Crisis Management Plan: 8-step guide
A crisis can be defined as a difficult or dangerous situation that requires quick and effective action.
A crisis can occur from internal or external causes, and harm a business in multiple ways.
There are different types of crises that businesses may face, including product defects, fires, natural disasters, security breaches, technology failures, and lawsuits.
A crisis is always behind the corner. And can escalate quickly.
Companies that can anticipate potential crisis situations will be better prepared to respond quickly and effectively should a crisis occur.
And crisis management is no longer optional. It has become an integral part of running a successful company.
That is why it’s important for all organizations to have effective crisis management plan in place to address crisis situation as they arise.
Don’t just prepare for a crisis, expect it.
The best way to prepare is by creating a crisis management plan.
With an effective CMP in place, you can respond quickly and effectively to almost any type of crisis that threatens your business operations.
While it’s unrealistic to develop a unique crisis management plan for all the possible crisis scenarios, we can build a highly adaptable plan — one the entire team can execute flawlessly, before, during, and after each a crisis.
Here is your quick guide in just 8 steps. To helping you build your own crisis management plan from scratch!
1. Build a team
In the event of a crisis, the crisis management team develops and executes a crisis management plan. Usually within the team you would have a crisis management advisor, a public relations specialist, a human resources advisor, legal & financial advisors, and a safety advisor. Together, they’ll establish a hierarchy, and an escalation process for decisions.
2. Risk analysis
The risks your company may face will be physically outlined and ranked in order of probability in a risk analysis. Legal issues, natural disasters, reputation damage, cyberattacks, product safety issues, industrial accidents, workplace violence, extortion attempts, and boycotts are some of the most common types of crises faced by organizations. Cover the most likely threats to your organization, even if you don’t have to include them all.
3. Activation protocol
The activation protocol specifies when action should be taken. In the event that a crisis reaches a certain level of business impact, the crisis management team is triggered to respond. For example, you may decide to hold off on taking action until the crisis reaches a certain level. (Often referred to as “Business Impact Analysis” or BIA). Your procedure should also include the roles assigned to each team member as well as their responsibilities during response efforts.
4. Emergency contacts
To speed up the response process for crises requiring external assistance, include the main emergency contact information. In addition to law enforcement, hospital first responders, and the fire department, your emergency contact list may include plumbing services, electricians, poison control, and other services related to the risks you identified in your analysis.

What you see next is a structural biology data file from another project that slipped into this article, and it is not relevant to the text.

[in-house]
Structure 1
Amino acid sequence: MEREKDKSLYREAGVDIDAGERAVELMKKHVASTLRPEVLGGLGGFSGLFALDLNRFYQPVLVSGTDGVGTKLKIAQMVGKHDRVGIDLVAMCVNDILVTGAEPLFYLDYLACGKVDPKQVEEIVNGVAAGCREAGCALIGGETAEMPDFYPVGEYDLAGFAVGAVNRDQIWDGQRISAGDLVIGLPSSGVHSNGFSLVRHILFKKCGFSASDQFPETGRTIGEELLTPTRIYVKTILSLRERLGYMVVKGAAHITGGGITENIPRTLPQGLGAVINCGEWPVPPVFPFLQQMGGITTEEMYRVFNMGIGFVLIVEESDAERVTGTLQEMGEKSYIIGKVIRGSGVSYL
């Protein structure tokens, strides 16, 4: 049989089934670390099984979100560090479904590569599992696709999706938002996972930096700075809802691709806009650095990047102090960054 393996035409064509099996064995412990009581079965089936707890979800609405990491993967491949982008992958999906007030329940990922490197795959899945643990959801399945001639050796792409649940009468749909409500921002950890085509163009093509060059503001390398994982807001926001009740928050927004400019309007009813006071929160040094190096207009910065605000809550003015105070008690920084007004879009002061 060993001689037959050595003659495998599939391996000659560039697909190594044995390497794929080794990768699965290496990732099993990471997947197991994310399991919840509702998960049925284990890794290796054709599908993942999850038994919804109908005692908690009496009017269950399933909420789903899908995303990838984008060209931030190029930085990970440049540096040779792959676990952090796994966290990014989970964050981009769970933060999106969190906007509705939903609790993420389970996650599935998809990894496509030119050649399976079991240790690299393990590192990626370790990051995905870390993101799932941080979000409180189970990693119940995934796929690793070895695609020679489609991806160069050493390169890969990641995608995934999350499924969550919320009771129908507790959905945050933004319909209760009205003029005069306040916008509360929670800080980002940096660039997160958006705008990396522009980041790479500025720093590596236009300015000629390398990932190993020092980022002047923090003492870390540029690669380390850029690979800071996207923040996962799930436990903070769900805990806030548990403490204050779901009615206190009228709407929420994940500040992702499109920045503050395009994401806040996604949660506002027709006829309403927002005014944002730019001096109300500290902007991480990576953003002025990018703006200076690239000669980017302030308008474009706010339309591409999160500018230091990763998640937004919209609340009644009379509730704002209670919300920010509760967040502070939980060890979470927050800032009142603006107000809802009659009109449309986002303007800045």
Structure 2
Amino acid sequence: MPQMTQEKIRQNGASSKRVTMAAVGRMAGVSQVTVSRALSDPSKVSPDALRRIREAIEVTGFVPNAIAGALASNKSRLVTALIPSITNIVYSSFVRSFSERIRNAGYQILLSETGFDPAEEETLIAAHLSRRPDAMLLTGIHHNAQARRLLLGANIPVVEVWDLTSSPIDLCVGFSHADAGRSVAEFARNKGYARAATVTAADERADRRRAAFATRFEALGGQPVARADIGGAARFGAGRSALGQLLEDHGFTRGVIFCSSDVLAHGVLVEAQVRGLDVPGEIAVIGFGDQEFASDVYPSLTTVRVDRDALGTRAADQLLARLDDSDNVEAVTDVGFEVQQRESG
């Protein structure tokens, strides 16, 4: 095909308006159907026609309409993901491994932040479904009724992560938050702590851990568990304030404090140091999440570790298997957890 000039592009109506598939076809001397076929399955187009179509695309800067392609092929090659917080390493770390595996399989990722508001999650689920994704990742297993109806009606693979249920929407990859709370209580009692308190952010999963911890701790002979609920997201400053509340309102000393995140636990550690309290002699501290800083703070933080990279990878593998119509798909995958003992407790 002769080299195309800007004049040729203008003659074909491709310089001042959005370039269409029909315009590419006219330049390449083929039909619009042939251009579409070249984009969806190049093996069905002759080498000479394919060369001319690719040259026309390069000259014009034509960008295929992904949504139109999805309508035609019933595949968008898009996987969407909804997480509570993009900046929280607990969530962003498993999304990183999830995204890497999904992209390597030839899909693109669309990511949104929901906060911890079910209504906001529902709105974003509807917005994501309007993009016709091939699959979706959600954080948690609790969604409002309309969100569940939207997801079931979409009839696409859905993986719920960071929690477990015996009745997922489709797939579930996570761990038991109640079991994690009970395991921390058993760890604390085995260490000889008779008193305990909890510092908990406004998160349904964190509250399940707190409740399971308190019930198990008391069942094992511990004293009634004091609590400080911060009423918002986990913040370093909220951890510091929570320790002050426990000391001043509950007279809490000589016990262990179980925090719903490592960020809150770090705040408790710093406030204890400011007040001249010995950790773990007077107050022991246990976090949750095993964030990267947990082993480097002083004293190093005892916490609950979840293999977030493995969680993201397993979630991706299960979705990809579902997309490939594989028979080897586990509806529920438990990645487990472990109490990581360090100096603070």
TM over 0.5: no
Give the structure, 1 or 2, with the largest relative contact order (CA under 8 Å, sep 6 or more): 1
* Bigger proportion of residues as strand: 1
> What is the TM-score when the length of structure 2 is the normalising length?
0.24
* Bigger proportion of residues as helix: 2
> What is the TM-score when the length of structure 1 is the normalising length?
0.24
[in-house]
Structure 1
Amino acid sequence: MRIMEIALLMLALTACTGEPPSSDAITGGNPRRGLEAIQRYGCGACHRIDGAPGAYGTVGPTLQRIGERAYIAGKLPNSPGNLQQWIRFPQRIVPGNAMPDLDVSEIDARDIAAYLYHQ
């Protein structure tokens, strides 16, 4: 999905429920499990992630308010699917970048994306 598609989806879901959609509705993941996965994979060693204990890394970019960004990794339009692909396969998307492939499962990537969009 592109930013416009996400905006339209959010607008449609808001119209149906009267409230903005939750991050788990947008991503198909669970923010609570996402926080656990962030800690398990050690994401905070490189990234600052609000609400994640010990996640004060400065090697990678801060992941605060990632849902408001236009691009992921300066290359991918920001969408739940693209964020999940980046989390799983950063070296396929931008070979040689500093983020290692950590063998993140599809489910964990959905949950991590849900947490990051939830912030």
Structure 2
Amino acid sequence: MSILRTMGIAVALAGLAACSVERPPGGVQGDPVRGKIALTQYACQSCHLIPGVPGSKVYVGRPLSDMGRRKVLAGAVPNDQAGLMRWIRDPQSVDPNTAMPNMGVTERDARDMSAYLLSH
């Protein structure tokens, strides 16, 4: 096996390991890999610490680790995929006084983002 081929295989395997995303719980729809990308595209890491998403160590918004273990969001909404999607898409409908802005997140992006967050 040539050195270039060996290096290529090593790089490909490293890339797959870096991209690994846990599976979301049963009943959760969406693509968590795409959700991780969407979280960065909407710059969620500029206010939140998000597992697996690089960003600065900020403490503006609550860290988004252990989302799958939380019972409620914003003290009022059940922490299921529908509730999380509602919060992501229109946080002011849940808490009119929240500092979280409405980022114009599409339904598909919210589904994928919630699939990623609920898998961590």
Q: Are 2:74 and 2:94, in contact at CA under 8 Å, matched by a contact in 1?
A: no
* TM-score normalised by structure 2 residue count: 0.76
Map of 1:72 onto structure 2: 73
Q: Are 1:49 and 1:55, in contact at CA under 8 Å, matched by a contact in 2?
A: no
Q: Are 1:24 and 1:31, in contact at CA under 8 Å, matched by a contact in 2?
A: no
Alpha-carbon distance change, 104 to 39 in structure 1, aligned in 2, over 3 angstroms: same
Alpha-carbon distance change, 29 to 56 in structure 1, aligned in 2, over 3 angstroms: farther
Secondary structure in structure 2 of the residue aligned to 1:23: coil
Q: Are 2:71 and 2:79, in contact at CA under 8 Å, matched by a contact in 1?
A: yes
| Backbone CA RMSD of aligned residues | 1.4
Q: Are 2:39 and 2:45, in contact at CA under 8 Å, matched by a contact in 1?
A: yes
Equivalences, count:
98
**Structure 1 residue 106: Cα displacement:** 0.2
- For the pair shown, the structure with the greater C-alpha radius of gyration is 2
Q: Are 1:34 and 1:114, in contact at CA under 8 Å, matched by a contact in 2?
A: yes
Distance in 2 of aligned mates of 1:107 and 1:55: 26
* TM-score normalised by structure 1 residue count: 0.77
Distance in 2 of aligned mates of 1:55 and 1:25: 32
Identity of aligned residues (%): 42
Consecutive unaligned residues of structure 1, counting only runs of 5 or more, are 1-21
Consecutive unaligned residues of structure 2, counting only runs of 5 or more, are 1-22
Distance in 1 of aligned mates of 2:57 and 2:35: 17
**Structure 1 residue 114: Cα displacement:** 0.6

5. Crisis communication plan
Once a crisis has spread, you’ll need to inform key internal and external stakeholders, and the public of the situation. Your internal operations may not be the only things impacted. It is important to include details about who will deliver the information and who will handle feedback in your external crisis communication strategy.
6. Monitor threats and review the CMP
Disruption to an organization’s business can occur when it is least expected, so it is important that an organization looks ahead and assesses potential threats, whether internal or external. In order to remain effective in the event of a crisis, the CMP must be reviewed periodically as the business environment changes.
7. Post-crisis assessment
A post-crisis assessment reminds your team to follow up and assess what went well and what didn’t. You can then update your crisis plan with lessons learned to improve your response procedures and reduce business impact with a post-crisis assessment.
8. Test! Test! Test!
In order to quickly implement a CMP during a crisis, it is important to conduct periodic exercises or simulations. Practices or drills of crisis situations can reveal an organization’s strengths and weaknesses. The team should analyze what went well and what did not, and update the CMP accordingly after the challenge. Providing crisis management training and including all personnel in the test scenarios will make them aware of the CMP. By doing this, personnel can be proactive when a crisis arises, including knowing who to contact.
It can be hard to know what to do in a crisis situation.
Maybe you’re worried about how to respond if something bad happens. Or maybe you’re just trying to figure out what a crisis is.
No matter what’s on your mind, we’re here to help you plan, prepare, and push through your challenges head on.
Whether it’s an emergency situation or a regular occurrence, our team is always on standby to help with providing consultancy or custom training courses.
Small bonus! Download and save the 8-step guide infographic below.